Jacinda made a stop in 2019 while traveling across the country with an inflatable globe. For this leg of the journey, the globe was filled with helium. Co-Director Ted Springer got to play Earth wrangler for a day! Check out Jacinda's website for more of Metaphorical Antipodes
A Chapter from Metaphorical Antipodes
The Land with No Name resides on the ancestral lands of the Tohono O'odham Nation. Ted and Kate's respect for this and the ongoing relationship between the Nation's members and this land were compelling reasons to photograph the helium balloon there. Currently the Tohono O’odham Nation’s land extends into Mexico and the U.S. government’s new immigration laws prevent them from roaming freely, cutting off communities and food supplies. Ted introduced me to Thomasa Rivas, and I listened to her stories about living as an O'odham community member in this area, asking her what constitutes a perimeter, and how the environment has changed with a more watchful eye on undocumented migrants passing through. I transcribed her story and used it to illustrate a photograph of a wall that I built in my basement from Popsicle sticks and copper wire. This construction was overlaid onto an image of The Land With No Name. My goal was to blur the boundary lines between two countries showing a melded culture and an historical and political divide.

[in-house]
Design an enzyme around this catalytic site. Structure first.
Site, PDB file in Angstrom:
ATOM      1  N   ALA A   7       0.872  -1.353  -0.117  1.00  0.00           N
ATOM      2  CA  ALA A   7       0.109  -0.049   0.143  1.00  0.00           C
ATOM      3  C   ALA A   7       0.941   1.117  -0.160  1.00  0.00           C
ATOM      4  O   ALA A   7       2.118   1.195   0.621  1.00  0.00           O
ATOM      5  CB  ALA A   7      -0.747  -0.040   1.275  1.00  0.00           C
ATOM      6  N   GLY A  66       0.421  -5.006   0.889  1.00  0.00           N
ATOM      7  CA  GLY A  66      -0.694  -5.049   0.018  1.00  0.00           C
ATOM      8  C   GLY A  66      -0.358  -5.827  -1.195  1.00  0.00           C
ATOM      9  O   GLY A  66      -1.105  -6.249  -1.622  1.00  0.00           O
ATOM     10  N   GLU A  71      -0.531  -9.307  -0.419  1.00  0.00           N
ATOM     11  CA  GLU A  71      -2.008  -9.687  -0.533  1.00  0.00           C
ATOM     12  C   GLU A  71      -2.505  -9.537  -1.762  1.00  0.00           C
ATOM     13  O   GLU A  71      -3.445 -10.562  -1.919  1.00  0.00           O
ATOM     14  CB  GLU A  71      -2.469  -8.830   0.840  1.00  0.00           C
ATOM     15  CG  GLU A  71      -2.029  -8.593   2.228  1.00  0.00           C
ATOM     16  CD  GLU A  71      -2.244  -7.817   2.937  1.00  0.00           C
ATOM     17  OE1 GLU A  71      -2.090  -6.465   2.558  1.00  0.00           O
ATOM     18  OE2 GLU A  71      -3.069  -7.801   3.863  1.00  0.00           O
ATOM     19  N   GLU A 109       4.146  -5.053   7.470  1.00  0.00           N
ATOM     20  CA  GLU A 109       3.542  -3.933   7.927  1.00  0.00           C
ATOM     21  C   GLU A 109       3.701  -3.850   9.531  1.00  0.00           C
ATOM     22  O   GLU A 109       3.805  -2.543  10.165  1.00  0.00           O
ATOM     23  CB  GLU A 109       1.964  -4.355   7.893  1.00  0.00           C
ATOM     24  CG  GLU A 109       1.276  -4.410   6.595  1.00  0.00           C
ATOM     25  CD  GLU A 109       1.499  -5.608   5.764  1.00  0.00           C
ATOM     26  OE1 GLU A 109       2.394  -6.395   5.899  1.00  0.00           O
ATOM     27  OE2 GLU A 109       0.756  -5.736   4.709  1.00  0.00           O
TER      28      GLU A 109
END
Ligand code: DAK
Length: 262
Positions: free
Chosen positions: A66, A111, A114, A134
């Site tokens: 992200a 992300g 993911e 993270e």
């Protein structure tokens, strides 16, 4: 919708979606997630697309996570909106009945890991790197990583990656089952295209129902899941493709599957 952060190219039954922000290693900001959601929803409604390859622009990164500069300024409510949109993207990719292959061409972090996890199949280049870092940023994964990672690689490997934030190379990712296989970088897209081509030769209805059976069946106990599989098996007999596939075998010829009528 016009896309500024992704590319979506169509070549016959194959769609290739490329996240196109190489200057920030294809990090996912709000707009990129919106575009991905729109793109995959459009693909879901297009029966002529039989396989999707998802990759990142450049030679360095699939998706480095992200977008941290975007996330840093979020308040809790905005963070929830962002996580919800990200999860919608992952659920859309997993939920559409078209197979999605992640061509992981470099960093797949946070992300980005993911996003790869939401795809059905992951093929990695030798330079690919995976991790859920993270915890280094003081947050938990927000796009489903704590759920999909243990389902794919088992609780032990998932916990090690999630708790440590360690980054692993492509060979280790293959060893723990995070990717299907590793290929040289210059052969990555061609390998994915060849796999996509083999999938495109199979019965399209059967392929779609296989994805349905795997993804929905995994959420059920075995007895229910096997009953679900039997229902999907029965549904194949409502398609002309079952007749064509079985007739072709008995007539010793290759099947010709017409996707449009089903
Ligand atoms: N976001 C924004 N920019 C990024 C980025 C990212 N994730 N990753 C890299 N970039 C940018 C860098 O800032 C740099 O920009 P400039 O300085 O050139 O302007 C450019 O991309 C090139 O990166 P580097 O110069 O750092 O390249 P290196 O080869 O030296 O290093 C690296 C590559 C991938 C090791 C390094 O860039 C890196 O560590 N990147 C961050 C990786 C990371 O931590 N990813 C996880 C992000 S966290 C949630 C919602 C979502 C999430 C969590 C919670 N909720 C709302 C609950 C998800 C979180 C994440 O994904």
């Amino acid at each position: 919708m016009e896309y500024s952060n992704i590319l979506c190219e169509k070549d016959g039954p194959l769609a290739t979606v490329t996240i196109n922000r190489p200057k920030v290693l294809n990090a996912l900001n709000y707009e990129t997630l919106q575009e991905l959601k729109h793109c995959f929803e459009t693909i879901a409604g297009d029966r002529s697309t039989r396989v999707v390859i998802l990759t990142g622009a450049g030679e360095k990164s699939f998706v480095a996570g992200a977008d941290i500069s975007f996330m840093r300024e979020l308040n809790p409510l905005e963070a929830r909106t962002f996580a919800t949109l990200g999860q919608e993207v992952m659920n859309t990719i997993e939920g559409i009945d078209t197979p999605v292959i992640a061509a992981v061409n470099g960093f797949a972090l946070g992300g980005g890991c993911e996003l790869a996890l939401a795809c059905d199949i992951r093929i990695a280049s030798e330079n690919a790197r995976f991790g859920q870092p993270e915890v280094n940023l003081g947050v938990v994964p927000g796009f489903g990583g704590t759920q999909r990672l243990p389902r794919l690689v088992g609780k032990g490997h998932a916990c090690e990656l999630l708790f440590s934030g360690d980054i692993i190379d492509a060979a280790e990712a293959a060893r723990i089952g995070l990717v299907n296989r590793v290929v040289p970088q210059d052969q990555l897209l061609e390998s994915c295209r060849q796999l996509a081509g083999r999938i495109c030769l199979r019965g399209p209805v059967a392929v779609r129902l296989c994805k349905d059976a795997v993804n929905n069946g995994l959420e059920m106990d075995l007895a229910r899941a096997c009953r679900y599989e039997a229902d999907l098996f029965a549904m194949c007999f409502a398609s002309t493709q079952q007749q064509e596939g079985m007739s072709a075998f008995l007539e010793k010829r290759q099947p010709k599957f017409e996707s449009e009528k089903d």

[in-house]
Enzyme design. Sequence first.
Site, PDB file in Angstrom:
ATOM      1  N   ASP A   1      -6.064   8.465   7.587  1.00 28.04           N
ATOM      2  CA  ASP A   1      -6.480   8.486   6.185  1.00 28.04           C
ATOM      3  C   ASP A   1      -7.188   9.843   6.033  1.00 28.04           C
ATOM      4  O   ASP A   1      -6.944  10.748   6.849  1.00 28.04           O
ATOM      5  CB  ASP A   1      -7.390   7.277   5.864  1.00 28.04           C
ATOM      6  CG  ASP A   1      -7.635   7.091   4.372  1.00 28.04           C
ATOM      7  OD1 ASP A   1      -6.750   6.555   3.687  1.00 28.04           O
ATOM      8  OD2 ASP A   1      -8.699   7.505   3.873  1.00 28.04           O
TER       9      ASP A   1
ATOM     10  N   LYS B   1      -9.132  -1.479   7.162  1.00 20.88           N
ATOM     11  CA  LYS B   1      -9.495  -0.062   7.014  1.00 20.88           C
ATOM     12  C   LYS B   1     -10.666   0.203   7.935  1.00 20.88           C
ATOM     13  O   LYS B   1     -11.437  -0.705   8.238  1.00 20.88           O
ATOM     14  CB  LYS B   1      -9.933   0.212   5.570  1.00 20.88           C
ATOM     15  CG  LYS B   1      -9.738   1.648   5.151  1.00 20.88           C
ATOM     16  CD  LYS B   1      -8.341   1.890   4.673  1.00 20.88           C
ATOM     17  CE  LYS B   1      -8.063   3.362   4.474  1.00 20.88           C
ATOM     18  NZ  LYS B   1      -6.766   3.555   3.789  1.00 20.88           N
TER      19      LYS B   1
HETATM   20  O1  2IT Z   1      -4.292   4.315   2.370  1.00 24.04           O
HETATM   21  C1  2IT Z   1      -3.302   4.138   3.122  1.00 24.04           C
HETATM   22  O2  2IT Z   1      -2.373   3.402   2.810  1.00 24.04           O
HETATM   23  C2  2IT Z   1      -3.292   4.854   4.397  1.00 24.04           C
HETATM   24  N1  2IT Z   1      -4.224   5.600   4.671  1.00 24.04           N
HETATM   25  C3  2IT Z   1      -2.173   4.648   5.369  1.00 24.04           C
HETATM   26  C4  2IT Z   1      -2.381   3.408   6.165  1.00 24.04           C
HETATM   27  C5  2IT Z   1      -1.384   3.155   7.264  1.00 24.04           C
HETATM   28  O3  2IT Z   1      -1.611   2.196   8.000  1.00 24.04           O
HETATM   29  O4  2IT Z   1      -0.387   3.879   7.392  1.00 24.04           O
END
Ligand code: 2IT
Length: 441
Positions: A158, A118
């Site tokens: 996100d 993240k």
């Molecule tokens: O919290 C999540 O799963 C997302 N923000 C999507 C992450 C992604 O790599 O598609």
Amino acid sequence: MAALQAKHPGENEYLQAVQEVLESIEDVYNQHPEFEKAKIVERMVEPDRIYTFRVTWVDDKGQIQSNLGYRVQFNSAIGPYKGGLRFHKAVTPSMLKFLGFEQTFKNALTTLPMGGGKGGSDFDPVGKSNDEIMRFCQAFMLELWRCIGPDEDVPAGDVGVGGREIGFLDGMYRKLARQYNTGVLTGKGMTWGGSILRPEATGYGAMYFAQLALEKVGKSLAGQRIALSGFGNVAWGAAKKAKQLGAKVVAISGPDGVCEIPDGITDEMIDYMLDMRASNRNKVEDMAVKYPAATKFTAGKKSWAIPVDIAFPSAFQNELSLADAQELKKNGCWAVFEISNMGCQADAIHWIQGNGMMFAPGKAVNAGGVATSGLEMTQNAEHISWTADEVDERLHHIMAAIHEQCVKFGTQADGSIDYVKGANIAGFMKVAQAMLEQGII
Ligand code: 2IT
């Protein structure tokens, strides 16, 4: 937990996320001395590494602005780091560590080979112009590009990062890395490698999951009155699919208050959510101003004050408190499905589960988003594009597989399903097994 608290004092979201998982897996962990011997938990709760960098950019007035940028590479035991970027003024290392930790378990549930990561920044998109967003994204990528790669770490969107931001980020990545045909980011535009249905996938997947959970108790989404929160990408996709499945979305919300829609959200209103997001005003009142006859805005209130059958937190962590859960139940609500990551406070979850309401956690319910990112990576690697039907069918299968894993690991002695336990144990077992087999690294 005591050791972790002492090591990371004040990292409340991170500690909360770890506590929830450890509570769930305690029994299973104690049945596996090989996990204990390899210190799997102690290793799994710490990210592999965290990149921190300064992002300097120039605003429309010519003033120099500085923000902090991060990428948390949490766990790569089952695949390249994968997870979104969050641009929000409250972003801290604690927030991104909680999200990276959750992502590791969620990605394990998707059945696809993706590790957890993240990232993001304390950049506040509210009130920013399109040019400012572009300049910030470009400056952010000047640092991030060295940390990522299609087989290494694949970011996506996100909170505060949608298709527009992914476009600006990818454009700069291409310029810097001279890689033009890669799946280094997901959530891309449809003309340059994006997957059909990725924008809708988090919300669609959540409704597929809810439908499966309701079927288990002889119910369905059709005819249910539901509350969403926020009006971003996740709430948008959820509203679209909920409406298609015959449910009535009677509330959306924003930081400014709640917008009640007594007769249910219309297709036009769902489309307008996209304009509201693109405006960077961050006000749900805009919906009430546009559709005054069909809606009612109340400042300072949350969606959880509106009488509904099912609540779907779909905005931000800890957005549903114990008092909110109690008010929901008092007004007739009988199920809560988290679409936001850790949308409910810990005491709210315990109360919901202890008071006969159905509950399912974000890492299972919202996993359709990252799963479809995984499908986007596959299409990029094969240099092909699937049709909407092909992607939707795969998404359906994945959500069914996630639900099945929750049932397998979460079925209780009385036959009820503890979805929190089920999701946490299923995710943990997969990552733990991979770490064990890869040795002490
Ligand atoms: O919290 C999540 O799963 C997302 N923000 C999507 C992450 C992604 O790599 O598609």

*a fuller visual scope of Jacinda’s ongoing Metaphorical Antipodes project, including elements discussed above, is available on her website.
"The white people’s world will end but not ours. That’s what the elders say. The wall is a smoke screen one to two miles in. The piece of shit president, I don’t even want to call him that…the piece of shit, some of my own people have voted for this piece of shit. The wall, in my heart of hearts, will not happen. We are still too strong. There are three sonar towers in my village. The wall is metal and looks like steel poles. The Border Patrol is raping the desert, they drive where they want and park where they want. Some people are for the border wall because of the ransacking of homes. We have rangers called the Wolf Pack and they are trained to track. The government should hire more of our tribe. They should show us more respect. It’s a bleak future. It’s the white people who rape the land. Their world will end but the Nation’s won’t because of the way we live."
Thomasa R., Tohono O’odham, Tucson, Arizona, July 2019